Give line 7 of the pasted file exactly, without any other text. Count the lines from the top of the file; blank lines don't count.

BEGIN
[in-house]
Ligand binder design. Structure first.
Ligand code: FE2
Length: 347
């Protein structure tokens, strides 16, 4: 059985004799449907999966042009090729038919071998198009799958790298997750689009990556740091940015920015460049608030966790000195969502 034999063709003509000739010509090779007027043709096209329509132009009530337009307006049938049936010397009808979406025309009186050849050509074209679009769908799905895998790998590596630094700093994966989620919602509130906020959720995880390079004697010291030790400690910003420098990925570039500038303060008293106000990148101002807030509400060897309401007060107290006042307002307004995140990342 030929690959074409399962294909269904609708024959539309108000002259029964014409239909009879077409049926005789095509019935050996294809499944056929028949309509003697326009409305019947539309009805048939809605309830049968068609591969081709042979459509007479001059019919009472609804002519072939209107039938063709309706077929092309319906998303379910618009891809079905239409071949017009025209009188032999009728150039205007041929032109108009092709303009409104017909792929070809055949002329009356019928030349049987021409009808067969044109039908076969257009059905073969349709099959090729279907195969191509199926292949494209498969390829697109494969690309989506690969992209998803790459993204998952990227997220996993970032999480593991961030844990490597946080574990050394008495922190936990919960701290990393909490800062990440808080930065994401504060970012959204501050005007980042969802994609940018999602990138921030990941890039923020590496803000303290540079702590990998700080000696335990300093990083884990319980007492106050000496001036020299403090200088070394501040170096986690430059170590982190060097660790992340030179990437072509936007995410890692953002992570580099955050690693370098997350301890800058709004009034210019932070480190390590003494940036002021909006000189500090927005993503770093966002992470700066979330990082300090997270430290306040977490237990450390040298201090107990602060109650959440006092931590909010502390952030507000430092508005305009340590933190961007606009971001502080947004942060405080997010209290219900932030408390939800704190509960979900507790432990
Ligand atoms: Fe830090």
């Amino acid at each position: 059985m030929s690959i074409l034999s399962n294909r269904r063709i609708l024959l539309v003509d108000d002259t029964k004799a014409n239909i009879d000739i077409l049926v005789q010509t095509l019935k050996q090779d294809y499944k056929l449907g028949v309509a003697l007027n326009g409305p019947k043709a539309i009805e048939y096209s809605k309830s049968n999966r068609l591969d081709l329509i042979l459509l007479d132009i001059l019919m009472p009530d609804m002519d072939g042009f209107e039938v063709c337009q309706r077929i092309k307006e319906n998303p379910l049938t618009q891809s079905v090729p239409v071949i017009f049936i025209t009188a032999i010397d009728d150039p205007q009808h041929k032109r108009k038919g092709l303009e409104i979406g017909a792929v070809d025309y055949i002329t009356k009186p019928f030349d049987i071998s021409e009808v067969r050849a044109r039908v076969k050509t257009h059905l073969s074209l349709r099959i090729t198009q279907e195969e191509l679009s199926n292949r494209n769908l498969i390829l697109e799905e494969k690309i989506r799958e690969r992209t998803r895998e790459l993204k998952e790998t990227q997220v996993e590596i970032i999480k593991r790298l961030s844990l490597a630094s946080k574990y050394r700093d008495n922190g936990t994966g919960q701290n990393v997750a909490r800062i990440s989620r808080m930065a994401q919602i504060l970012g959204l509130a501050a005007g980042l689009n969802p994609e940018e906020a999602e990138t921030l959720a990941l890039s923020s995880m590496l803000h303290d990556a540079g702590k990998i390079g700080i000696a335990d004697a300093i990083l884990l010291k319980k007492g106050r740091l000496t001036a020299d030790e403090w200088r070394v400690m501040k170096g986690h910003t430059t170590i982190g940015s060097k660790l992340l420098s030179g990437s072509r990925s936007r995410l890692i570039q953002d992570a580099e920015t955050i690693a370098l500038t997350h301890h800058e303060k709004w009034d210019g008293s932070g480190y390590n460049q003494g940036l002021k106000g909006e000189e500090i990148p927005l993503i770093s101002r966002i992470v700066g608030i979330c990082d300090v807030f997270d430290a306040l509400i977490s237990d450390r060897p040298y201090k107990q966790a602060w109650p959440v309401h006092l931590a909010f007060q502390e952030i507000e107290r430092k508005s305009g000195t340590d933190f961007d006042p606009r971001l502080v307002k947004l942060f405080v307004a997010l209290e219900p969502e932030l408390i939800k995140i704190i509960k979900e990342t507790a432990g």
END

């Amino acid at each position: 059985m030929s690959i074409l034999s399962n294909r269904r063709i609708l024959l539309v003509d108000d002259t029964k004799a014409n239909i009879d000739i077409l049926v005789q010509t095509l019935k050996q090779d294809y499944k056929l449907g028949v309509a003697l007027n326009g409305p019947k043709a539309i009805e048939y096209s809605k309830s049968n999966r068609l591969d081709l329509i042979l459509l007479d132009i001059l019919m009472p009530d609804m002519d072939g042009f209107e039938v063709c337009q309706r077929i092309k307006e319906n998303p379910l049938t618009q891809s079905v090729p239409v071949i017009f049936i025209t009188a032999i010397d009728d150039p205007q009808h041929k032109r108009k038919g092709l303009e409104i979406g017909a792929v070809d025309y055949i002329t009356k009186p019928f030349d049987i071998s021409e009808v067969r050849a044109r039908v076969k050509t257009h059905l073969s074209l349709r099959i090729t198009q279907e195969e191509l679009s199926n292949r494209n769908l498969i390829l697109e799905e494969k690309i989506r799958e690969r992209t998803r895998e790459l993204k998952e790998t990227q997220v996993e590596i970032i999480k593991r790298l961030s844990l490597a630094s946080k574990y050394r700093d008495n922190g936990t994966g919960q701290n990393v997750a909490r800062i990440s989620r808080m930065a994401q919602i504060l970012g959204l509130a501050a005007g980042l689009n969802p994609e940018e906020a999602e990138t921030l959720a990941l890039s923020s995880m590496l803000h303290d990556a540079g702590k990998i390079g700080i000696a335990d004697a300093i990083l884990l010291k319980k007492g106050r740091l000496t001036a020299d030790e403090w200088r070394v400690m501040k170096g986690h910003t430059t170590i982190g940015s060097k660790l992340l420098s030179g990437s072509r990925s936007r995410l890692i570039q953002d992570a580099e920015t955050i690693a370098l500038t997350h301890h800058e303060k709004w009034d210019g008293s932070g480190y390590n460049q003494g940036l002021k106000g909006e000189e500090i990148p927005l993503i770093s101002r966002i992470v700066g608030i979330c990082d300090v807030f997270d430290a306040l509400i977490s237990d450390r060897p040298y201090k107990q966790a602060w109650p959440v309401h006092l931590a909010f007060q502390e952030i507000e107290r430092k508005s305009g000195t340590d933190f961007d006042p606009r971001l502080v307002k947004l942060f405080v307004a997010l209290e219900p969502e932030l408390i939800k995140i704190i509960k979900e990342t507790a432990g």